The Telerik JustCode 2012 Q1 service pack has been released, and with it comes improvements to help you begin writing JustCode extensions.

Project Template

Our previous release of JustCode included a project template that included three extension examples for navigation, code marking / fixes, and refactoring. This is accessed from the Telerik menu under Installed Templates when creating a new project.

NewProject

Running this project would copy the assembly to the Libraries\UserExtensions folder in the JustCode installation path. This had the unfortunate side effect of applying the extensions anytime you ran Visual Studio, which would cause the assembly to be locked and hindered the ability to continue working in the extension project until the assembly was removed. We fixed this by utilizing the debug options in the project’s properties.

ProjectOptions

When you debug a JustCode extension project, it launches Visual Studio with a switch for JustCode to load extensions in a specific directory.

Item Templates

The project template is a great starting point, but it led overuse of copy/paste when creating new extensions in the same project. To alleviate this problem, we created item templates for each of the supported extension types.

AddNewItem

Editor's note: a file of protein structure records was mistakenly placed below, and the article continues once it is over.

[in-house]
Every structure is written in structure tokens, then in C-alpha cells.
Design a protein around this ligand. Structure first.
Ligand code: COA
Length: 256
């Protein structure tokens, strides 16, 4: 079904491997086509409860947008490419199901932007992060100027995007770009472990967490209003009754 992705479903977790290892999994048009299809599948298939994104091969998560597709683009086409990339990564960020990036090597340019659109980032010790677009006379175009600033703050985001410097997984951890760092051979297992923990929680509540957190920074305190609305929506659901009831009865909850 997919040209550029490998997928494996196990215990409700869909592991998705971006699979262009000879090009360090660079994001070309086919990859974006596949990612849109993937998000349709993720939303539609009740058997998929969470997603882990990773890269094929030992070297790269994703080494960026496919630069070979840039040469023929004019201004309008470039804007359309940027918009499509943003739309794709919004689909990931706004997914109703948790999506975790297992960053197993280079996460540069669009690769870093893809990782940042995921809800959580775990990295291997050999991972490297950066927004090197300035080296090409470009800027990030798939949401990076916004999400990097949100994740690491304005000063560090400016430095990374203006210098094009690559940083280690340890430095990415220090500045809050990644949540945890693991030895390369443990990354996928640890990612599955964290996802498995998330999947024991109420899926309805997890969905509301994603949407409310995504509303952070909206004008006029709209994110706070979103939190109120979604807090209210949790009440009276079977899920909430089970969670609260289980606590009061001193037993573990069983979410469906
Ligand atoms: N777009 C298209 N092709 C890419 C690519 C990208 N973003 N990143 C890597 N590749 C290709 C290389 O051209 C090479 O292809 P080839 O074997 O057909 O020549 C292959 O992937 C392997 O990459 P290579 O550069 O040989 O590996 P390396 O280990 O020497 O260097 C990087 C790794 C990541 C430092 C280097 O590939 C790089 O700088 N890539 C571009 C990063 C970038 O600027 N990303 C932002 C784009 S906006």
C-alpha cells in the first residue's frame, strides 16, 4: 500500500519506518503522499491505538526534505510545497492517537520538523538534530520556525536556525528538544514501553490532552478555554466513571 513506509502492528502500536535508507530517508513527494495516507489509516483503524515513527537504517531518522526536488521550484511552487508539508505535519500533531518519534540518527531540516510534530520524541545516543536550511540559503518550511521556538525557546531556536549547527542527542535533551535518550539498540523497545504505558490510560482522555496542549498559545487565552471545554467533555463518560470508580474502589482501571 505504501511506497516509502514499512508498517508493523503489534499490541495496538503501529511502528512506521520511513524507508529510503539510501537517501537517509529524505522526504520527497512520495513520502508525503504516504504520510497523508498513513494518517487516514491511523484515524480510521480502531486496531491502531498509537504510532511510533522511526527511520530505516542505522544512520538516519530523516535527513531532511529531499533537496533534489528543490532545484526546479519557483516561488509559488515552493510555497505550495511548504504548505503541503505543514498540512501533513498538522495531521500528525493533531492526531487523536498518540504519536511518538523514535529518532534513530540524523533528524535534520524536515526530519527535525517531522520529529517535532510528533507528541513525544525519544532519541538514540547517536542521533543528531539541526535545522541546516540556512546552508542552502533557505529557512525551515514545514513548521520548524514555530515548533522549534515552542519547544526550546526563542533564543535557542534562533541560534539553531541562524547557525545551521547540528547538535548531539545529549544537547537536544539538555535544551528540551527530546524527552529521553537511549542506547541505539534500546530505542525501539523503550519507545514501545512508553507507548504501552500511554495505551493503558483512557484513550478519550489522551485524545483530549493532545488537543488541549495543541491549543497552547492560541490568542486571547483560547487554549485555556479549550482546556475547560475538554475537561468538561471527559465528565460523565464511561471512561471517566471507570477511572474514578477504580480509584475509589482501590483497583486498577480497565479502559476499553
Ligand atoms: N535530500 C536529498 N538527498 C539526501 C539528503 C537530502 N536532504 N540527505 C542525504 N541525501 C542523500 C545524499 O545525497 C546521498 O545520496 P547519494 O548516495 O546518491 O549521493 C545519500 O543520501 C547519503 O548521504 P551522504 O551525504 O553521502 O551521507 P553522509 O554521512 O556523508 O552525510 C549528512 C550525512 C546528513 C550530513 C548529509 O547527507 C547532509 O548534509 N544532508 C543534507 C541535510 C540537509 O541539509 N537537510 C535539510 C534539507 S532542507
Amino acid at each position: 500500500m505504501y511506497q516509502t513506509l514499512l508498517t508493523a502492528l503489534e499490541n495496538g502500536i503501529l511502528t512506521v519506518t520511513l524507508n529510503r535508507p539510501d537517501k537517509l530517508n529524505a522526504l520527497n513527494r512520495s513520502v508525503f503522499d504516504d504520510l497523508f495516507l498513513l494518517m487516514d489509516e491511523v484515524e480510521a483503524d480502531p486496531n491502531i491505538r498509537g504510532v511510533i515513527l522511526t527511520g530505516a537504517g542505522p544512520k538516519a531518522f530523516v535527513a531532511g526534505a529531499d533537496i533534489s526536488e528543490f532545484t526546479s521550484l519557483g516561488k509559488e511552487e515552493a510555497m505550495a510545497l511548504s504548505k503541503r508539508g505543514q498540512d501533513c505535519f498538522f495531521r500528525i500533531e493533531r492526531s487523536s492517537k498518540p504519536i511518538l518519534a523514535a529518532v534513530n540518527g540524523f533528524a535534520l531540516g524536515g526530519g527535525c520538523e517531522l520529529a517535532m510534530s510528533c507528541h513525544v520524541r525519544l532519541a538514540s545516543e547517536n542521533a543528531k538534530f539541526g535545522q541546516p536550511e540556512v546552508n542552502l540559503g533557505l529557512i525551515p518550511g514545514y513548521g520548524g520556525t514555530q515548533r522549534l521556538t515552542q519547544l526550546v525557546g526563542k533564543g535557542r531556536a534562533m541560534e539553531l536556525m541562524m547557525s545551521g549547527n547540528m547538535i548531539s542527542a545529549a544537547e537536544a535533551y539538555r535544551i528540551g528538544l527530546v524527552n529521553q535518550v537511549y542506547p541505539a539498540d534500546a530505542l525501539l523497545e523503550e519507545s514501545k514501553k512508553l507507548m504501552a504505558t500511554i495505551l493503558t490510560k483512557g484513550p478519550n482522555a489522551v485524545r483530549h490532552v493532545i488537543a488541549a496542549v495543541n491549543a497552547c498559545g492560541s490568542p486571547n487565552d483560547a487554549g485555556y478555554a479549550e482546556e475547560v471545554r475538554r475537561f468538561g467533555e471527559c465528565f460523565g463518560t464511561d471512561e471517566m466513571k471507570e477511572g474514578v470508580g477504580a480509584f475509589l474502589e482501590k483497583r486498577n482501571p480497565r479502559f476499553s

These templates provide the skeleton of each extension type… eliminating the need to copy/paste!

To Boldly Go Where No One Has Gone Before

Opening the API gives you more flexibility than ever before, enabling JustCode to be specialized for any project. Want to learn more? Here are links to available articles on creating JustCode extensions!

Wait, There’s More!

Improvements to the extension API wasn’t the only thing included in the service pack. We also added support for Visual Studio 11 and improved the formatter. Be sure to update your installation of JustCode today!


About the Author

Chris Eargle

is a Microsoft C# MVP with over a decade of experience designing and developing enterprise applications, and he runs the local .NET User Group: the Columbia Enterprise Developers Guild. He is a frequent guest of conferences and community events promoting best practices and new technologies. Chris is a native Carolinian; his family settled the Dutch Form region of South Carolina in 1752. He currently resides in Columbia with his wife, Binyue, his dog, Laika, and his three cats: Meeko, Tigger, and Sookie. Amazingly, they all get along... except for Meeko, who is by no means meek.

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